Supreme Court Implements ‘New Code Of Conduct’ – One America News Network

WASHINGTON, DC - SEPTEMBER 28: The Guardian or Authority of Law, created by sculptor James Earle Fraser, rests on the side of the U.S. Supreme Court on September 28, 2020 in Washington, DC. This week Seventh U.S. Circuit Court Judge Amy Coney Barrett, U.S. President Donald Trump's nominee to the Supreme Court, will begin meeting with Senators as she seeks to be confirmed before the presidential election. (Photo by Al Drago/Getty Images)
(Photo by Al Drago/Getty Images)

OAN’s Stephanie Stahl
3:14 PM – Monday, November 13, 2023

The Supreme Court has formally adopted what it referred to as a new code of conduct, following allegations of unethical behaviors, such as undisclosed trips and gifts from wealthy benefactors to some justices. 


The court has been facing mounting pressure to take immediate action following a series of concerning reports regarding whether the justices were adhering to the established rules.

“The absence of a Code, however, has led in recent years to the misunderstanding that the Justices of this Court, unlike all other jurists in this country, regard themselves as unrestricted by any ethics rules,” the justices wrote in an unsigned statement that accompanied the code. 

“To dispel this misunderstanding, we are issuing this Code, which largely represents a codification of principles that we have long regarded as governing our conduct.”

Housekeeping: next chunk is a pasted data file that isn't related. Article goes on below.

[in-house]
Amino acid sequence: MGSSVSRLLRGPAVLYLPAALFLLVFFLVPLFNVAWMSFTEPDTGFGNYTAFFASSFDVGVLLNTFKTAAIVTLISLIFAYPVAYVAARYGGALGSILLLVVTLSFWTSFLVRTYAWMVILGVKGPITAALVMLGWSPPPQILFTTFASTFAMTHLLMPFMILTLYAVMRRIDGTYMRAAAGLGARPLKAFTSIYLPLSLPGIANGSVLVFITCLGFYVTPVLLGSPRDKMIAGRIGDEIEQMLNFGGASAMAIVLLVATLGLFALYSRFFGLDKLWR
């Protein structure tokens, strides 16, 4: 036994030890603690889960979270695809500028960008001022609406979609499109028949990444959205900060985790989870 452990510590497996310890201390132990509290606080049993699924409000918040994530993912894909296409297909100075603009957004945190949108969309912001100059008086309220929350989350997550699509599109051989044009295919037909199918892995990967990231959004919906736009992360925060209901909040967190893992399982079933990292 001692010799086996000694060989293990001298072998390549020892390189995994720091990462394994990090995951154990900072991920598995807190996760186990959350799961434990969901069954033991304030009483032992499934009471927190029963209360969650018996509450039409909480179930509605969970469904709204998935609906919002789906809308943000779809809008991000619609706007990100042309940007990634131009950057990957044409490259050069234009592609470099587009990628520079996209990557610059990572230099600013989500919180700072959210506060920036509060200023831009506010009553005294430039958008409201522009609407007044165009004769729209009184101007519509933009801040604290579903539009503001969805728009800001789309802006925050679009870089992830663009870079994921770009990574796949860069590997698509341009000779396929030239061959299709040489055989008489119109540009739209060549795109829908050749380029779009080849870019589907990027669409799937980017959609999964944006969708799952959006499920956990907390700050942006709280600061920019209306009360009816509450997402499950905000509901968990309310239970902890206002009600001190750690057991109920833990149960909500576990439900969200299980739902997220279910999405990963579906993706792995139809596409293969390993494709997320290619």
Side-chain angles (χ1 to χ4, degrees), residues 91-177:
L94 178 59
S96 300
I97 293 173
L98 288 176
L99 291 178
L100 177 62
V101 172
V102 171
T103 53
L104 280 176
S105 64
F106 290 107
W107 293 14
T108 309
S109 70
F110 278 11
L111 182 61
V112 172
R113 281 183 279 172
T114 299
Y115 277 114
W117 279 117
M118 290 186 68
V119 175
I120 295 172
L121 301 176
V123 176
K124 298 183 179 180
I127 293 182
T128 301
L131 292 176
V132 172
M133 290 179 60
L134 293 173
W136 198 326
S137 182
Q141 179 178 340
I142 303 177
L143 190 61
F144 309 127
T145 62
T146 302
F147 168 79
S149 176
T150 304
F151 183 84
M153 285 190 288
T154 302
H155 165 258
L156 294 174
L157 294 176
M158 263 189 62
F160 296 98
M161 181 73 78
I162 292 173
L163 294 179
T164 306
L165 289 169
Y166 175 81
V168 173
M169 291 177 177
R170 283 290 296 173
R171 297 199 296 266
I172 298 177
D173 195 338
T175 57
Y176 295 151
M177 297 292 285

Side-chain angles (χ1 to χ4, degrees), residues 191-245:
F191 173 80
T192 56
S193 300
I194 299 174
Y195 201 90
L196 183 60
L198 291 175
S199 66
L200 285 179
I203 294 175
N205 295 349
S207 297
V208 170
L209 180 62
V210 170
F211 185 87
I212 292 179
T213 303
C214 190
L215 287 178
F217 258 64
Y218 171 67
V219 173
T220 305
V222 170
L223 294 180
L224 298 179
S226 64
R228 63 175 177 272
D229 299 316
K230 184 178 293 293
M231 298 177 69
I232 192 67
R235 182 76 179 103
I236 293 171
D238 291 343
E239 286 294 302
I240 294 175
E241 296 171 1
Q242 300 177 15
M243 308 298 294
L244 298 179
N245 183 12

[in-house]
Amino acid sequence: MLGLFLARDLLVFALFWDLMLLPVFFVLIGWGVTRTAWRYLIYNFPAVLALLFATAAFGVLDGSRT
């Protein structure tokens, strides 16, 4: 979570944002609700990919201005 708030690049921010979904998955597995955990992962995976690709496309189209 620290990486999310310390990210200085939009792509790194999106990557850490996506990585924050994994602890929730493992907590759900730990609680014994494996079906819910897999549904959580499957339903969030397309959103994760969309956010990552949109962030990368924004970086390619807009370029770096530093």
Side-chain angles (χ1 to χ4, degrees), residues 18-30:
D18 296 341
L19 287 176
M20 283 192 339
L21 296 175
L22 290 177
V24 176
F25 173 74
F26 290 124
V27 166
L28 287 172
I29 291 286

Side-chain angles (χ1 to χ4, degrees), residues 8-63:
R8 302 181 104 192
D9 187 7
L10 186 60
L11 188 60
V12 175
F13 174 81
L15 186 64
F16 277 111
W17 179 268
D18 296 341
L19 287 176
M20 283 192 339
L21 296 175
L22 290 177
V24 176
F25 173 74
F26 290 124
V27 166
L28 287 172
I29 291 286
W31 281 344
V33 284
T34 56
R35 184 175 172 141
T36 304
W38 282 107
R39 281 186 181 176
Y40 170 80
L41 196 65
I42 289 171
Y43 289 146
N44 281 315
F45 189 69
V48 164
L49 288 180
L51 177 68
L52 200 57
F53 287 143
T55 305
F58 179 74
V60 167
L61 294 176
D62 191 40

On Monday, the code of ethics was implemented and agreed to by all nine justices. The 14-page document included five canons of conduct on various issues, however, it did not appear to include any means of enforcement. 

Additionally, the code does not impose any new requirements and leaves compliance entirely to each justice. 

“The undersigned justices are promulgating this Code of Conduct to set out succinctly and gather in one place the ethics rules and principles that guide the conduct of the Members of the Court,” the justices said in an attached statement. All nine justices signed the statement.

The code, based on rules followed by lower court judges, will reportedly build on a statement the justices released in April, saying that they “reaffirm and restate” their dedication to ethics principles. This announcement did not succeed in putting an end to the criticism. 

However, Sen. Sheldon Whitehouse (D-R.I.) criticized the effectiveness of this move.

“This is a long-overdue step by the justices, but a code of ethics is not binding unless there is a mechanism to investigate possible violations and enforce the rules,” Whitehouse said. 

The White House maintained that the “honor system” of individual justices handling ethics issues has not worked in the past.

In recent months, three justices—Amy Coney Barrett, Brett Kavanaugh, and Kagan—have expressed their support for an ethics code. Chief Justice John Roberts, in May, acknowledged that there was room for the court to “adhere to the highest ethical standards” without specifying any particular actions. 

Public trust and approval of the court are currently at near-record lows, as indicated by a Gallup Poll released just before the commencement of the court’s new term on October 2nd.

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Stephanie Stahl
Author: Stephanie Stahl

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